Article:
In jyotish astrology, if people are born with all their planets on one side of the Rahu-Ketu axis, they are thought to have a Kal Sarpa (kaal means time, sarpa is snake) yoga. This is touted as a dreaded yoga (conjunction of planets). You can see posters everywhere advertising special poojas that can be done on Naga Panchami to ward off the malefic effects of this conjunction. Depending upon where the axis falls, there are 12 different kinds of kal sarpa yogas, and each one is supposed to affect the native malefically in areas of health, profession, money, marriage, children etc. Kal Sarpa yoga is also supposed to take people to high places, then bring them down just as fast. Jyotish will usually console people with the thought that the effects wear off after age 48, which is the age of Ketu’s maturity, after which the native can expect due rewards. Interestingly, I have found many famous people with great achievements to have this yoga.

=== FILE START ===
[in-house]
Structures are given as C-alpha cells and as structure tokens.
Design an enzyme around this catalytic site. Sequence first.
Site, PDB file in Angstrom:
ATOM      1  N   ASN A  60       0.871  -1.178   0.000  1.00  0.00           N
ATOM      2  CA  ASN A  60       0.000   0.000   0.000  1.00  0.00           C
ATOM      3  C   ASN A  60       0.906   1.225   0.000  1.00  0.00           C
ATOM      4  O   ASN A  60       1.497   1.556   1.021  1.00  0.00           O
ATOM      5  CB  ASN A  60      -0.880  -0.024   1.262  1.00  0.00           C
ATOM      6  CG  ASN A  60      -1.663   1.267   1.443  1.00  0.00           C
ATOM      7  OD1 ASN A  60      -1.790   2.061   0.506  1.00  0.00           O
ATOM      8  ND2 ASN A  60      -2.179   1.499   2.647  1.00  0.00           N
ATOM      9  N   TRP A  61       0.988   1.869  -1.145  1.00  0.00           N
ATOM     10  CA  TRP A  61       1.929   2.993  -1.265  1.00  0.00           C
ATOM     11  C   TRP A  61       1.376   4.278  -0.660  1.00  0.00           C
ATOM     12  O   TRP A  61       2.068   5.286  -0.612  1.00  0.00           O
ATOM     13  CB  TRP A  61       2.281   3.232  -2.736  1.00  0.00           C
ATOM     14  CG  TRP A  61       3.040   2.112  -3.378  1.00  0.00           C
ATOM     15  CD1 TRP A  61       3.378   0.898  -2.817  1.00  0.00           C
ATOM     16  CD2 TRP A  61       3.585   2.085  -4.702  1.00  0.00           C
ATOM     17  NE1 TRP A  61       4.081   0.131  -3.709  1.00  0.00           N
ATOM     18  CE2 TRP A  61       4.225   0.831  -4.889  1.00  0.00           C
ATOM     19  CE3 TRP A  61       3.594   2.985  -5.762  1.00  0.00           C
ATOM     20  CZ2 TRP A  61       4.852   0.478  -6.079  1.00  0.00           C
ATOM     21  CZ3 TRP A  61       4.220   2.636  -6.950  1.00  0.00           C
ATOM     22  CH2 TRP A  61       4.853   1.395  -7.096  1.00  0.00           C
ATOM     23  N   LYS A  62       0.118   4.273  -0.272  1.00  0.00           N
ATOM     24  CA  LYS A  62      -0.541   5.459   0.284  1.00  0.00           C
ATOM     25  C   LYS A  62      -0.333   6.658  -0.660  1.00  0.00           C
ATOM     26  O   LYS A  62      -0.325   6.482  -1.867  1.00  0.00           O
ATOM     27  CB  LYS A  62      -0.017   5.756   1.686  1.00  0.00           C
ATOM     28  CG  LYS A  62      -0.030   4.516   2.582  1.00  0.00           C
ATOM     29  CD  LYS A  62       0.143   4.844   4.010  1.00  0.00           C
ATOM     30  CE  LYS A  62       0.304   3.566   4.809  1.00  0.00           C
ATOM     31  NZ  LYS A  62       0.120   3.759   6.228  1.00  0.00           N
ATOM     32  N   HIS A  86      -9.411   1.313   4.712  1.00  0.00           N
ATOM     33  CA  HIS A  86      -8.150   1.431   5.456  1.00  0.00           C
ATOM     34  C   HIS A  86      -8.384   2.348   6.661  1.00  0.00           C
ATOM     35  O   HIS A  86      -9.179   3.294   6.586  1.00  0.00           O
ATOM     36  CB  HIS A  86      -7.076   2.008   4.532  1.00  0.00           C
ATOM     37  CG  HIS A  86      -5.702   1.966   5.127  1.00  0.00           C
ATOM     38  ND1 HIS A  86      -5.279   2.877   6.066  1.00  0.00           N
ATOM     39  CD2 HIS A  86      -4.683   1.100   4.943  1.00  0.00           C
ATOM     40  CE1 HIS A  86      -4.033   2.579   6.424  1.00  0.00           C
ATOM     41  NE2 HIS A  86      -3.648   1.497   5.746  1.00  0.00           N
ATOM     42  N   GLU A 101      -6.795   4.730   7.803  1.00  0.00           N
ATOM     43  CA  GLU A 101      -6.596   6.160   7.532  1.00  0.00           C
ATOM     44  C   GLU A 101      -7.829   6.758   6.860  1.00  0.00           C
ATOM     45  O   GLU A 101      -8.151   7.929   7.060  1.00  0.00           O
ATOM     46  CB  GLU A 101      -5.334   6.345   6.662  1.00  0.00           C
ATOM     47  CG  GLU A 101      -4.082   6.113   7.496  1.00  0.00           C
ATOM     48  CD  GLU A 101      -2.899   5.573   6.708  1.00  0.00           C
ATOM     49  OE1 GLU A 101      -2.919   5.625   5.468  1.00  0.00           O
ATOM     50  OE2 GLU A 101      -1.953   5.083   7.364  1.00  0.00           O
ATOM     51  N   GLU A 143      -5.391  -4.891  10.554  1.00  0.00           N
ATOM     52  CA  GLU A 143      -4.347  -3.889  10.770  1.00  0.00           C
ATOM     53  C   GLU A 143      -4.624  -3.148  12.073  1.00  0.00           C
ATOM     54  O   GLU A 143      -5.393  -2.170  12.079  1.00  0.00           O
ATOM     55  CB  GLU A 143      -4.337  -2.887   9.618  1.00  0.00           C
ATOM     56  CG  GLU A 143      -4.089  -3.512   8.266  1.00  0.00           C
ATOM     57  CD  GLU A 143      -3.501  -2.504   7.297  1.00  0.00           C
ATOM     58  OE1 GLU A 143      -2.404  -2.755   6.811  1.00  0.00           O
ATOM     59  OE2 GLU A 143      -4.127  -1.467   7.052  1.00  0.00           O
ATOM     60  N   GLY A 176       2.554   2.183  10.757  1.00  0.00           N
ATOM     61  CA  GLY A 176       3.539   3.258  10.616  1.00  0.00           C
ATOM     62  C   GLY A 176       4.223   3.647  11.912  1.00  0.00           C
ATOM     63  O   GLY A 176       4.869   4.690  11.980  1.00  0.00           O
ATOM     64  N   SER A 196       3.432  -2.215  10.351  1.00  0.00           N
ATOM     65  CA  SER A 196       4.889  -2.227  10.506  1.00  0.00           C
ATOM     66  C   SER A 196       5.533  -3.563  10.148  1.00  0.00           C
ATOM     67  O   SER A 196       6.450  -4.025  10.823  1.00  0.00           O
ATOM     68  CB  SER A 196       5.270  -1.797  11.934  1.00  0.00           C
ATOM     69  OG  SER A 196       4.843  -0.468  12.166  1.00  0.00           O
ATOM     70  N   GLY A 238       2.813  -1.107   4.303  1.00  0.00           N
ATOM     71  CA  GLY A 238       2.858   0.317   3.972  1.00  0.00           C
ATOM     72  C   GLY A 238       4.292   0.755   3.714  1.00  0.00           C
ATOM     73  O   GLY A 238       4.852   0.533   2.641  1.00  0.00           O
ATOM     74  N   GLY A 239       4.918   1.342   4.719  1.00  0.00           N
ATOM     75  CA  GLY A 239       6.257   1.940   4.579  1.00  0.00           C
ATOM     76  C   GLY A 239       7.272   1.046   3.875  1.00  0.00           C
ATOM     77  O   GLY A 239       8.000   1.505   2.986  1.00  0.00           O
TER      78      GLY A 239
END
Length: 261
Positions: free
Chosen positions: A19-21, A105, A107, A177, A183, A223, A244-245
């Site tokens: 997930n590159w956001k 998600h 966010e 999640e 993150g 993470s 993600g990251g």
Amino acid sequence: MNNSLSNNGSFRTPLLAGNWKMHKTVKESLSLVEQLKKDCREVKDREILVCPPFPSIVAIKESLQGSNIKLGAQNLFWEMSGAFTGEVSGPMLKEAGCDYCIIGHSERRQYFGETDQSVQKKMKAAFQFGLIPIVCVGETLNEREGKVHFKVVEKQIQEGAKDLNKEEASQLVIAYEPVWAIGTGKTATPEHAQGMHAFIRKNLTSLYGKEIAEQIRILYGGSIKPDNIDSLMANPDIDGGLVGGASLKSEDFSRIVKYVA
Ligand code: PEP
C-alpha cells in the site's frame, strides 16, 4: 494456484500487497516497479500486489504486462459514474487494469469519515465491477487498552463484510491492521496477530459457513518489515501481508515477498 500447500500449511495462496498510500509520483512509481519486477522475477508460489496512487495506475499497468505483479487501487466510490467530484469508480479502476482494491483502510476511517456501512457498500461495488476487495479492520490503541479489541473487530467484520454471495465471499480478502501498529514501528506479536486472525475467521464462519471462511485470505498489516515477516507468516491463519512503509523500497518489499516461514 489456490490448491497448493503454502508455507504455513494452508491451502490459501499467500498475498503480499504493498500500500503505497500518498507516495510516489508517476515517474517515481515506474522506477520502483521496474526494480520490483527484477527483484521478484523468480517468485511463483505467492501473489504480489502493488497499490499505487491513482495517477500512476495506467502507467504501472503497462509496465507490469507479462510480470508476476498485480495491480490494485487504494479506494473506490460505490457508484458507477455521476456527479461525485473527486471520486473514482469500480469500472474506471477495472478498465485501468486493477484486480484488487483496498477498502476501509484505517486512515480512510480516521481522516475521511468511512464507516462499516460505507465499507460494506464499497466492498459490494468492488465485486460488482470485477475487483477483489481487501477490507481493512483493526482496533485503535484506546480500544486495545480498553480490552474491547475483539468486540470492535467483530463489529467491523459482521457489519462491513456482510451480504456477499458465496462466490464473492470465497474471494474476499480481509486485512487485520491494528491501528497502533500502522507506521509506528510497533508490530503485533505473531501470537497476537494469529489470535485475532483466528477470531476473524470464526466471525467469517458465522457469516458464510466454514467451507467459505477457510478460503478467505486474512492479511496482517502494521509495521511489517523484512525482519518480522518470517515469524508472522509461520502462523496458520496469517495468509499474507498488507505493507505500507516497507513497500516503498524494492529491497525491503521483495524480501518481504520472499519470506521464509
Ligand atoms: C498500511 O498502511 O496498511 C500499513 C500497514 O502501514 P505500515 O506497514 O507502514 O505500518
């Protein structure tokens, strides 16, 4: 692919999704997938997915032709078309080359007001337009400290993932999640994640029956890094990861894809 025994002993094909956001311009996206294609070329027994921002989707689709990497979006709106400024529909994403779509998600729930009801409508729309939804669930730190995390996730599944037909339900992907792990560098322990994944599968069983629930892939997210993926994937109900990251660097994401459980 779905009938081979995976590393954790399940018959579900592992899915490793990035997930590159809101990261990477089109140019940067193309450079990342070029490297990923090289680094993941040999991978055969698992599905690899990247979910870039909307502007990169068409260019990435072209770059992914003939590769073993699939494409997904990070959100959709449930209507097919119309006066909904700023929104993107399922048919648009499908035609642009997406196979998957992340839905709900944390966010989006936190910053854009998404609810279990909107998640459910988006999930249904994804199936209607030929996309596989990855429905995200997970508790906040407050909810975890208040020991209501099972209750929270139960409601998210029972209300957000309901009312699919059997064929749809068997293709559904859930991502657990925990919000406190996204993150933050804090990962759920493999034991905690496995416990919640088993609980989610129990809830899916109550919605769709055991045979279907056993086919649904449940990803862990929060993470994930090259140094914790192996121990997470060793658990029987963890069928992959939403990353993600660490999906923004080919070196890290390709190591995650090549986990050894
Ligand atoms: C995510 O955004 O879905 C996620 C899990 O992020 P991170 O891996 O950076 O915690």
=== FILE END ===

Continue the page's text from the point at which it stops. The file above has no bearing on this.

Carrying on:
The mythologies of Shravana are braided out the strands of joy and fear, rebirth and the unseen shadowy fears of unexpected forces beyond our control. The only way to get past it, it seems, is to enjoy the basketloads of mangoes and pumpkin shoots, and cut the chill of rain with some kheer during a Monday evening.